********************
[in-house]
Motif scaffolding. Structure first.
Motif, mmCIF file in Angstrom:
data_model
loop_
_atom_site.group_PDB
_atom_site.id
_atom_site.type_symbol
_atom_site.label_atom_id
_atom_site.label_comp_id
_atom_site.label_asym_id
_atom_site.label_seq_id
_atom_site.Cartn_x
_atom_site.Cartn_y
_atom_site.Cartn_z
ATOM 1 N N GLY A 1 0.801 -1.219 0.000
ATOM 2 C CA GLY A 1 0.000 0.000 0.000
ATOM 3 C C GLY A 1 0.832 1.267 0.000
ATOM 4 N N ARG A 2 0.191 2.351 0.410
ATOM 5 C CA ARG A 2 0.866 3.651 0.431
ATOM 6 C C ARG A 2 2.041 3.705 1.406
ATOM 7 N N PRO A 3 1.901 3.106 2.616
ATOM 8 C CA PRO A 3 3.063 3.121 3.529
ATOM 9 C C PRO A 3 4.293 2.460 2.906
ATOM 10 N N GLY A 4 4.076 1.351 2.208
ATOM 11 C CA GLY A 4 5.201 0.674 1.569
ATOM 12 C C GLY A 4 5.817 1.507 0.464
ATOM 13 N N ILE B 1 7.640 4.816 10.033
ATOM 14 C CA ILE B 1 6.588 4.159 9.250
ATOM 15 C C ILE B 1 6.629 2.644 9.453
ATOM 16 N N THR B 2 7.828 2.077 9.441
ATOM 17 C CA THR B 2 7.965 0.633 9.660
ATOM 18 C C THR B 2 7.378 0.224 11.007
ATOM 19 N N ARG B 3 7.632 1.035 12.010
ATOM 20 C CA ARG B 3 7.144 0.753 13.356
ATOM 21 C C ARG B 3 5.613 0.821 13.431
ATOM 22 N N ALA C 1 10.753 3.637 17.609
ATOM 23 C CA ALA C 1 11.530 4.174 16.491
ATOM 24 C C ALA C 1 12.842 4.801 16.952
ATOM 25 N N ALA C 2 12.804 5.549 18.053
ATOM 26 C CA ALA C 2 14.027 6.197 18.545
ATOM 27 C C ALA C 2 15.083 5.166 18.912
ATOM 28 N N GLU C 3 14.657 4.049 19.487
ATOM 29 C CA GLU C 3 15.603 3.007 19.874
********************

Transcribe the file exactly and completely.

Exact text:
[in-house]
Motif scaffolding. Structure first.
Motif, mmCIF file in Angstrom:
data_model
loop_
_atom_site.group_PDB
_atom_site.id
_atom_site.type_symbol
_atom_site.label_atom_id
_atom_site.label_comp_id
_atom_site.label_asym_id
_atom_site.label_seq_id
_atom_site.Cartn_x
_atom_site.Cartn_y
_atom_site.Cartn_z
ATOM 1 N N GLY A 1 0.801 -1.219 0.000
ATOM 2 C CA GLY A 1 0.000 0.000 0.000
ATOM 3 C C GLY A 1 0.832 1.267 0.000
ATOM 4 N N ARG A 2 0.191 2.351 0.410
ATOM 5 C CA ARG A 2 0.866 3.651 0.431
ATOM 6 C C ARG A 2 2.041 3.705 1.406
ATOM 7 N N PRO A 3 1.901 3.106 2.616
ATOM 8 C CA PRO A 3 3.063 3.121 3.529
ATOM 9 C C PRO A 3 4.293 2.460 2.906
ATOM 10 N N GLY A 4 4.076 1.351 2.208
ATOM 11 C CA GLY A 4 5.201 0.674 1.569
ATOM 12 C C GLY A 4 5.817 1.507 0.464
ATOM 13 N N ILE B 1 7.640 4.816 10.033
ATOM 14 C CA ILE B 1 6.588 4.159 9.250
ATOM 15 C C ILE B 1 6.629 2.644 9.453
ATOM 16 N N THR B 2 7.828 2.077 9.441
ATOM 17 C CA THR B 2 7.965 0.633 9.660
ATOM 18 C C THR B 2 7.378 0.224 11.007
ATOM 19 N N ARG B 3 7.632 1.035 12.010
ATOM 20 C CA ARG B 3 7.144 0.753 13.356
ATOM 21 C C ARG B 3 5.613 0.821 13.431
ATOM 22 N N ALA C 1 10.753 3.637 17.609
ATOM 23 C CA ALA C 1 11.530 4.174 16.491
ATOM 24 C C ALA C 1 12.842 4.801 16.952
ATOM 25 N N ALA C 2 12.804 5.549 18.053
ATOM 26 C CA ALA C 2 14.027 6.197 18.545
ATOM 27 C C ALA C 2 15.083 5.166 18.912
ATOM 28 N N GLU C 3 14.657 4.049 19.487
ATOM 29 C CA GLU C 3 15.603 3.007 19.874